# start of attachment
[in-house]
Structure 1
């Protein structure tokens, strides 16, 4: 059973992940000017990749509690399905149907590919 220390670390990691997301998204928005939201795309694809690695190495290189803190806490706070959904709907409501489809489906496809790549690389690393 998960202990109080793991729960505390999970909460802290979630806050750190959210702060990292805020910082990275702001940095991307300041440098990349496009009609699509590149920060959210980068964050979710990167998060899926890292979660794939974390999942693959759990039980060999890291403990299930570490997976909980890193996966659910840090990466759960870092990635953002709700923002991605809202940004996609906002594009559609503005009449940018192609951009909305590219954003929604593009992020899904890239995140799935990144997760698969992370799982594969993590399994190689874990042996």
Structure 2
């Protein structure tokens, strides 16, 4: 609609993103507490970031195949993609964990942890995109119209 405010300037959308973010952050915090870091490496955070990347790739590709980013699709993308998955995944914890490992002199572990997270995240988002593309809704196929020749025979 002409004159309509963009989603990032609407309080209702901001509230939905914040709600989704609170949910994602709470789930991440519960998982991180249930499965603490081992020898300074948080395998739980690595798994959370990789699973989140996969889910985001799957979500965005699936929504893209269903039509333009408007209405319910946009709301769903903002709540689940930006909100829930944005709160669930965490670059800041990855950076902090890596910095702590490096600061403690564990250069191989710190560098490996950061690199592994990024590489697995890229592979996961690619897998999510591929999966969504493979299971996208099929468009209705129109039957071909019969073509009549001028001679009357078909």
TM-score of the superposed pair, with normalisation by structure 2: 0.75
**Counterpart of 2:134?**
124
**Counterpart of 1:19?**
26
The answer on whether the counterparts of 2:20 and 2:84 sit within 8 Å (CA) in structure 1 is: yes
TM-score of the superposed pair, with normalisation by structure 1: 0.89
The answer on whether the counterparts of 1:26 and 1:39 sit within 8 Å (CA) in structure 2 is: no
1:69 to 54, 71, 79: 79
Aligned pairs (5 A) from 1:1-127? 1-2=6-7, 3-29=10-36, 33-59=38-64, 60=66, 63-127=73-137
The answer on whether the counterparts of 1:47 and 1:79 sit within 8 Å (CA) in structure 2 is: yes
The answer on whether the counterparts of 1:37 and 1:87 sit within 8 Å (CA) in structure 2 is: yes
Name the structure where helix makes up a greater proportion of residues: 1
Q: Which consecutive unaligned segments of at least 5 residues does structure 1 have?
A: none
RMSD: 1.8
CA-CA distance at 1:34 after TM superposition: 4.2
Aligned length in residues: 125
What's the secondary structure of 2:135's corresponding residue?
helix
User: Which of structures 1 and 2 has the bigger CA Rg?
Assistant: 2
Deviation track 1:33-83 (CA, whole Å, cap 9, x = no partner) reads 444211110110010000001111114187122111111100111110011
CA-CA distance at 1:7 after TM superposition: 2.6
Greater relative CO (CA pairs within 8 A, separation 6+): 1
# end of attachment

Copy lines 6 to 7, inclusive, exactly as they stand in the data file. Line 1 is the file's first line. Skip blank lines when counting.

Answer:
TM-score of the superposed pair, with normalisation by structure 2: 0.75
**Counterpart of 2:134?**